Kanako's Kitchen

Ebi Lettuce Itame: Stir-fried Shrimp with Lettuce

Posted in main dish, Recipe, today's meal by Kanako Noda on January 29, 2010

Yes, you read that right, what we have here is stir-fried lettuce. I know it sounds strange, but just trust me on this one. Although the lettuce seems withered, you’ll see it remains surprisingly crunchy and delicious after cooking.

Simply seasoned with salt, pepper and fresh ginger, Ebi Lettuce Itame is a delightfully “assari” dish. This is one of those hard-to-translate terms: it means subtly flavored, delicately textured and light all around.  Japanese culinary culture puts a big premium on this sort of thing – subtle, refreshing dishes that won’t leave you feeling weighed down or overstuffed. I guess this isn’t necessarily that fashionable in Western cooking, but in Japan calling a dish “assari” is high praise indeed.

So when you want something light but still more consistent than a salad, try some stir-fried shrimp with Lettuce.


Ingredients: (for two)

  • Lettuce – a half
  • Ginger – a small piece
  • Shrimp – ten
  • Sesame oil – one tablespoon
  • Salt
  • Pepper

Preparation:

  • Cut the lettuce and salt it lightly. Let it sit for about 10 minutes while it exudes water.
If the lettuce sweats too much, squeeze the excess moisture out.
  • Slice the ginger in small pieces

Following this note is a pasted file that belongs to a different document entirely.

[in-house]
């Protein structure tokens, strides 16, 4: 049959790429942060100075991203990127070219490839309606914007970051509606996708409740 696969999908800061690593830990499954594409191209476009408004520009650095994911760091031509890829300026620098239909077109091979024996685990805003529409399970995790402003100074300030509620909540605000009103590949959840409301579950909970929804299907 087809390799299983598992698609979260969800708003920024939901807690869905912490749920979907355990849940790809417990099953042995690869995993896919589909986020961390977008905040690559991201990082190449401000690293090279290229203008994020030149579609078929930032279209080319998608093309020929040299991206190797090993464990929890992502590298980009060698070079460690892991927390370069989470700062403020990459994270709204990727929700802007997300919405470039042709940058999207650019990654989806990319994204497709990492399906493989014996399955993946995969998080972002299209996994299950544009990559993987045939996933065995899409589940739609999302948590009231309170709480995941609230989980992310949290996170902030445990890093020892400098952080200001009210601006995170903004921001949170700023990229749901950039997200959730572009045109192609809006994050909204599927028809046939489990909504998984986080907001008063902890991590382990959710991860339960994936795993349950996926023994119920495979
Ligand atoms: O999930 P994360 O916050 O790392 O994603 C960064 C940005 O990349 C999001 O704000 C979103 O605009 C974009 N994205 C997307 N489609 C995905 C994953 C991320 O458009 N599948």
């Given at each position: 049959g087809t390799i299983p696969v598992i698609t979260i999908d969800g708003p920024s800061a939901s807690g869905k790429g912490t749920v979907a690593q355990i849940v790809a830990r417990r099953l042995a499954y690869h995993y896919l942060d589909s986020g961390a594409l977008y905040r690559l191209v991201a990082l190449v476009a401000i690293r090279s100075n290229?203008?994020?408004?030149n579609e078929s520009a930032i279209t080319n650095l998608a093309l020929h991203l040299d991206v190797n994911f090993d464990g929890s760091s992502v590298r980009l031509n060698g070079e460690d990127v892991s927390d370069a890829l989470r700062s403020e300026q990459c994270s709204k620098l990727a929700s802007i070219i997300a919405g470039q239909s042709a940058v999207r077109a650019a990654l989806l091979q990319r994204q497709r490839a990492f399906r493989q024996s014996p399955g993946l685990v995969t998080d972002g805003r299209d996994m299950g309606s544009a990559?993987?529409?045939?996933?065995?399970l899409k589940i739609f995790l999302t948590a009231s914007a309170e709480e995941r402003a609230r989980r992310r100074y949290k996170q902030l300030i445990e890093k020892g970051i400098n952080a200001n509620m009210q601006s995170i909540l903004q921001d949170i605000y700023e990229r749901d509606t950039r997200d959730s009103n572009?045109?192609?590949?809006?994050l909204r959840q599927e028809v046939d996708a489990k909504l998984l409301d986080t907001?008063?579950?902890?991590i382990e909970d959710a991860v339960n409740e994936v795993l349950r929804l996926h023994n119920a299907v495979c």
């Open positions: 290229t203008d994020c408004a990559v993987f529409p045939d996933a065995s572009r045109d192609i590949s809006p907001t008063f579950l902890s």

• Shell the shrimp

Cooking:

  1. Heat the sesame oil.
  2. Stir fry the ginger.
  3. When the ginger starts to smell, add the shrimps and stir fry.
  4. When the shrimp change color, add the lettuce.
  5. Stir fry until the lettuce turns soft.
  6. Taste and add pepper and also a little more salt if needed. The lettuce is already salted, so don’t add too much.
  7. Serve hot.

For today’s dinner we had ebi lettuce itame, hijiki nimono and white rice. Assari all around.

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3 Responses

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  1. jae said, on February 5, 2010 at 6:28 am

    I absolutely adore your site and have bookmarked it for inspiration. I usually make traditional homecooked Japanese food 1x a week for us. Salmon Ikura-don is his favorite. I’m trying to master Katsu-don, but I can’t seem to fry the Katsu crispy enough so that it stays crispy underneath the egg-onion mixture. =/

    • kanako said, on February 6, 2010 at 9:23 am

      In Japan some people love katsudon with katsu that is not crispy but instead has been cooked in the sauce. Others prefer it crispy. One thing you can do is pour the egg sauce over the rice first and then place the katsu over the don. That should keep it crispier.
      It’s a matter of taste though.

  2. Lee G said, on December 15, 2011 at 9:57 am

    This looks like it’s going to be good. I can’t wait to try it tonight. I hope you still do this blog. I don’t see any recent recipes.


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